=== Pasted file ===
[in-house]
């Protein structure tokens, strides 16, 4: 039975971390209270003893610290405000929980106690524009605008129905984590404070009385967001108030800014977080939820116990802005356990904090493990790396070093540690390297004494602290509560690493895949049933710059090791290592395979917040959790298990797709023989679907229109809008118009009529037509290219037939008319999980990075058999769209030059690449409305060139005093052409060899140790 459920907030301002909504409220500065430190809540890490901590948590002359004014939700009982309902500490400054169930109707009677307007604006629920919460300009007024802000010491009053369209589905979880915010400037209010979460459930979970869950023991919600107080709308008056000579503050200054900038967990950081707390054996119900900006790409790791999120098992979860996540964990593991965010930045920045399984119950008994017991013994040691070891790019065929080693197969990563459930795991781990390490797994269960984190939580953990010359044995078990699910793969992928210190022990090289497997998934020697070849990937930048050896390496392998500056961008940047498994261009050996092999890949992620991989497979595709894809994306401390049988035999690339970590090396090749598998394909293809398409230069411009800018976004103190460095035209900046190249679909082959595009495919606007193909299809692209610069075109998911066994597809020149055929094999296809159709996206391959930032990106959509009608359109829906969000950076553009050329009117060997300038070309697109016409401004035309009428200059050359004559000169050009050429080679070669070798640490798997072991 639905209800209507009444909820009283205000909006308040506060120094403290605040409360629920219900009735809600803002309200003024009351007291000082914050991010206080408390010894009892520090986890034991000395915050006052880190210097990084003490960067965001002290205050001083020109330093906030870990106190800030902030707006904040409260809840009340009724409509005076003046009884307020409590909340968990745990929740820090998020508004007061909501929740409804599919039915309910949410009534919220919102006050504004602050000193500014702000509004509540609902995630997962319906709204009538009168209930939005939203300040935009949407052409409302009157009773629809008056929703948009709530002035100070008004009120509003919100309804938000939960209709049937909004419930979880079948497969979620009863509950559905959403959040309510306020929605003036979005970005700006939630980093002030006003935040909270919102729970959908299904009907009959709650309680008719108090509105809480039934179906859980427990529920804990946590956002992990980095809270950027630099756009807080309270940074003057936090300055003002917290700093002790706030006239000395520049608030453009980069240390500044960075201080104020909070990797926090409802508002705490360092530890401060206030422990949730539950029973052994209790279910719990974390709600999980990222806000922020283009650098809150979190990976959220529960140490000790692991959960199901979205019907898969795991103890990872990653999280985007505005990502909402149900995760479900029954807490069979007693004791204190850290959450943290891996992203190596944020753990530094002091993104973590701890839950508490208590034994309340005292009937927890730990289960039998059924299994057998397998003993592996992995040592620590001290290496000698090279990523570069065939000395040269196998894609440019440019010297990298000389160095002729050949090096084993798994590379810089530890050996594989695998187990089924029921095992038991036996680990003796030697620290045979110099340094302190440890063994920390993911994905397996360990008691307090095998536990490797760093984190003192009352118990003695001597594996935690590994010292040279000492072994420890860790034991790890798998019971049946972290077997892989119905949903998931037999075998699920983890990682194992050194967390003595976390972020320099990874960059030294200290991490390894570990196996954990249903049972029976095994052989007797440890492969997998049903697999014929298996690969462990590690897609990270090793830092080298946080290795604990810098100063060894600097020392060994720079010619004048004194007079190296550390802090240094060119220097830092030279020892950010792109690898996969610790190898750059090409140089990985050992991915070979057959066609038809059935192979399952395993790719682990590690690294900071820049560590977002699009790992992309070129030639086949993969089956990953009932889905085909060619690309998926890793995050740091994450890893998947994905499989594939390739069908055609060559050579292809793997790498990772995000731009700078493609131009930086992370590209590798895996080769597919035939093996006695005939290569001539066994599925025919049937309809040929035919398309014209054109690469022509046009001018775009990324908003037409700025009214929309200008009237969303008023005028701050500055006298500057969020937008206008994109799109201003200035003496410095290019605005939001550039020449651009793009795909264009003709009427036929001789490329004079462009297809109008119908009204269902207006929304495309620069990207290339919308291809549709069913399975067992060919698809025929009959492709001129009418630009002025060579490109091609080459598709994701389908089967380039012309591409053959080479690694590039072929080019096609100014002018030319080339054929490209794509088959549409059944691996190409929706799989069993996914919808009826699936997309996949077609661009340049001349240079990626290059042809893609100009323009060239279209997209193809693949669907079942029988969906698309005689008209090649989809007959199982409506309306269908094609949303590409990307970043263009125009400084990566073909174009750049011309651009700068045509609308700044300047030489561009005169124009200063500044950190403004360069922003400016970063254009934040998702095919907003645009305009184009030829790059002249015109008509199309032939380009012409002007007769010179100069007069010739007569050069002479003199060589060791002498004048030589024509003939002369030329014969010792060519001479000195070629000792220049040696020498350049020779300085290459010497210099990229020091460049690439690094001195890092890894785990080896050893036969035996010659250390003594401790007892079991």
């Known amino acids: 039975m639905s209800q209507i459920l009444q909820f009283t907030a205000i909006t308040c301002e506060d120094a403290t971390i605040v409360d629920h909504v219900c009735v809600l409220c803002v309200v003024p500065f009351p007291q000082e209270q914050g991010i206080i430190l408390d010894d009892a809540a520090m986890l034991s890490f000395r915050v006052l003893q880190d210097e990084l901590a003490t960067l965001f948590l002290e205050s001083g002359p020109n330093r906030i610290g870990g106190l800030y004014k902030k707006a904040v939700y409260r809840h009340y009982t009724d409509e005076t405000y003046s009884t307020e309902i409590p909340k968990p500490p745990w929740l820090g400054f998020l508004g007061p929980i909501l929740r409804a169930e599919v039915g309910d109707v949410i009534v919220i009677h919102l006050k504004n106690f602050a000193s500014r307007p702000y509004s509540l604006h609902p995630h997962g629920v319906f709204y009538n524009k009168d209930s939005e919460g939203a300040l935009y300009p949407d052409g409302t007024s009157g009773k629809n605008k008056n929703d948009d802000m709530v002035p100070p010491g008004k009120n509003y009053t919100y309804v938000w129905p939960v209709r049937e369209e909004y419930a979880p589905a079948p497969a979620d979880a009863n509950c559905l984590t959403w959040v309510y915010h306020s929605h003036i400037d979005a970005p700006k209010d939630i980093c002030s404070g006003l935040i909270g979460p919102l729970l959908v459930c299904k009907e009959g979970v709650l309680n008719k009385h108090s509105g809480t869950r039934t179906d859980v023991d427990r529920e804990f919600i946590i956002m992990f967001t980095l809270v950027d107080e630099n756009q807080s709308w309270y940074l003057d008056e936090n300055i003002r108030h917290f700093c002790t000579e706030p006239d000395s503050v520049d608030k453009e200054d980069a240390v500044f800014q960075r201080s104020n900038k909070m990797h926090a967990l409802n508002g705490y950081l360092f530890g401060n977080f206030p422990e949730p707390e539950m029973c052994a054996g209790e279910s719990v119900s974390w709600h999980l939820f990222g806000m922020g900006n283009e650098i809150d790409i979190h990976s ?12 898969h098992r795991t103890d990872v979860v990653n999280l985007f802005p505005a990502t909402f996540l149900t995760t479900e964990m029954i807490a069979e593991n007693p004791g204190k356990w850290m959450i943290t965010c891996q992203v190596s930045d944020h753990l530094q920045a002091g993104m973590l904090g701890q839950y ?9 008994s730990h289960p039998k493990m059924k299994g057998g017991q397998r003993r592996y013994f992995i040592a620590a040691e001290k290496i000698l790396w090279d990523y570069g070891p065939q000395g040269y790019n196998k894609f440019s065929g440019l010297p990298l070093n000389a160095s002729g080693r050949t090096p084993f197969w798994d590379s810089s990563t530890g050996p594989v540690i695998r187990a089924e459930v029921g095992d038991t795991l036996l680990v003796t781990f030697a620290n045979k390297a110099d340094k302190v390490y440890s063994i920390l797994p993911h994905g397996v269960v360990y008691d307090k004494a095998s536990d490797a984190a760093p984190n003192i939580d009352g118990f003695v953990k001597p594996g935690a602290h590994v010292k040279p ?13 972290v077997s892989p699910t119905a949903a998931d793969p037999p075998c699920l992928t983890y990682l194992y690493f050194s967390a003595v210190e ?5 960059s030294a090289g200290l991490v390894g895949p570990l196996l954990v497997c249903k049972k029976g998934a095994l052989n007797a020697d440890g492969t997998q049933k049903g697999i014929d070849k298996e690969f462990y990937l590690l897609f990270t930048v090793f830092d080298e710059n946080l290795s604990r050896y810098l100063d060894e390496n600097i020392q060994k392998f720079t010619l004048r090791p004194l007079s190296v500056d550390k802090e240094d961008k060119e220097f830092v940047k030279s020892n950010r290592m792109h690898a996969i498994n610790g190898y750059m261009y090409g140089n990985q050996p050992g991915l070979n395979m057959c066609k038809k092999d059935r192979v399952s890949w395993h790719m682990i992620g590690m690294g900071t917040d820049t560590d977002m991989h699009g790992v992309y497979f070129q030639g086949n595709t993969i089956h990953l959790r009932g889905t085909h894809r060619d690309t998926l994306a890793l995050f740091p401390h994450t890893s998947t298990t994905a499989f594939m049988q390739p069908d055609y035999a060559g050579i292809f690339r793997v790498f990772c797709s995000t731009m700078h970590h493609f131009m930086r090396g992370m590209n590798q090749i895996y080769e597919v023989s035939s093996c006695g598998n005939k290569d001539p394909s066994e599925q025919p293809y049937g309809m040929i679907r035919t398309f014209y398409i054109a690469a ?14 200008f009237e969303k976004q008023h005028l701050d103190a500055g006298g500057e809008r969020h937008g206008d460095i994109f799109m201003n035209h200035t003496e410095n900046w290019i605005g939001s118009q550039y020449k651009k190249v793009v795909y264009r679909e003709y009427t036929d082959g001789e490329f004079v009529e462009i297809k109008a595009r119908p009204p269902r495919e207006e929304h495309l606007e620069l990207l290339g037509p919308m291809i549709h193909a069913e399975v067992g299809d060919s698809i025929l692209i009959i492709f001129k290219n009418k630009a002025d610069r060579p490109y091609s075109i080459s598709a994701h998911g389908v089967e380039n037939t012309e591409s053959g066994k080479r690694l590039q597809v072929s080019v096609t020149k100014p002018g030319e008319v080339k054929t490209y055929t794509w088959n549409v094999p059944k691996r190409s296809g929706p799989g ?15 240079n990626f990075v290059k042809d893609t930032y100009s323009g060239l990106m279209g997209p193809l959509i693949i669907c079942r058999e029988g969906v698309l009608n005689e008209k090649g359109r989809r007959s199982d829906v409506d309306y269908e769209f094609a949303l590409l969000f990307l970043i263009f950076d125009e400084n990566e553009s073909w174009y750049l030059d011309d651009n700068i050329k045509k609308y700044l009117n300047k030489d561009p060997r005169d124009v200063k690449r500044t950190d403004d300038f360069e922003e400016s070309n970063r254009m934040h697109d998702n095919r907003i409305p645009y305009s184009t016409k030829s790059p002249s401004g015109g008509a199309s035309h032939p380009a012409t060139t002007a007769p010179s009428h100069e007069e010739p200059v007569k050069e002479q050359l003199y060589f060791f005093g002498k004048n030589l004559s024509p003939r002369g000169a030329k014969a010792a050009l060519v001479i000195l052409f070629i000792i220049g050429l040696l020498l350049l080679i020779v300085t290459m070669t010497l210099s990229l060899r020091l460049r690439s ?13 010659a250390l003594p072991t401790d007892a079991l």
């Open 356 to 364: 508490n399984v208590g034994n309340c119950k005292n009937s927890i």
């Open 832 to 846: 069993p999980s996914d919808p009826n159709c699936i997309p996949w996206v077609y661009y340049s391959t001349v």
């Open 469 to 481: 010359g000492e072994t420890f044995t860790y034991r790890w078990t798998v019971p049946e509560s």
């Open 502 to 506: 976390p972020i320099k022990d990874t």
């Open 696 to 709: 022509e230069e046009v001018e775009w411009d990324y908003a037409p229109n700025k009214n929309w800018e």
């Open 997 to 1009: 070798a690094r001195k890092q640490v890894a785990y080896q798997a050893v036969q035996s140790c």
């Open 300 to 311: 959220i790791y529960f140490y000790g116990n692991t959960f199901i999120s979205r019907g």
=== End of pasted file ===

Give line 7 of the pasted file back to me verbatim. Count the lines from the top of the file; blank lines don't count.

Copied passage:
């Open 502 to 506: 976390p972020i320099k022990d990874t």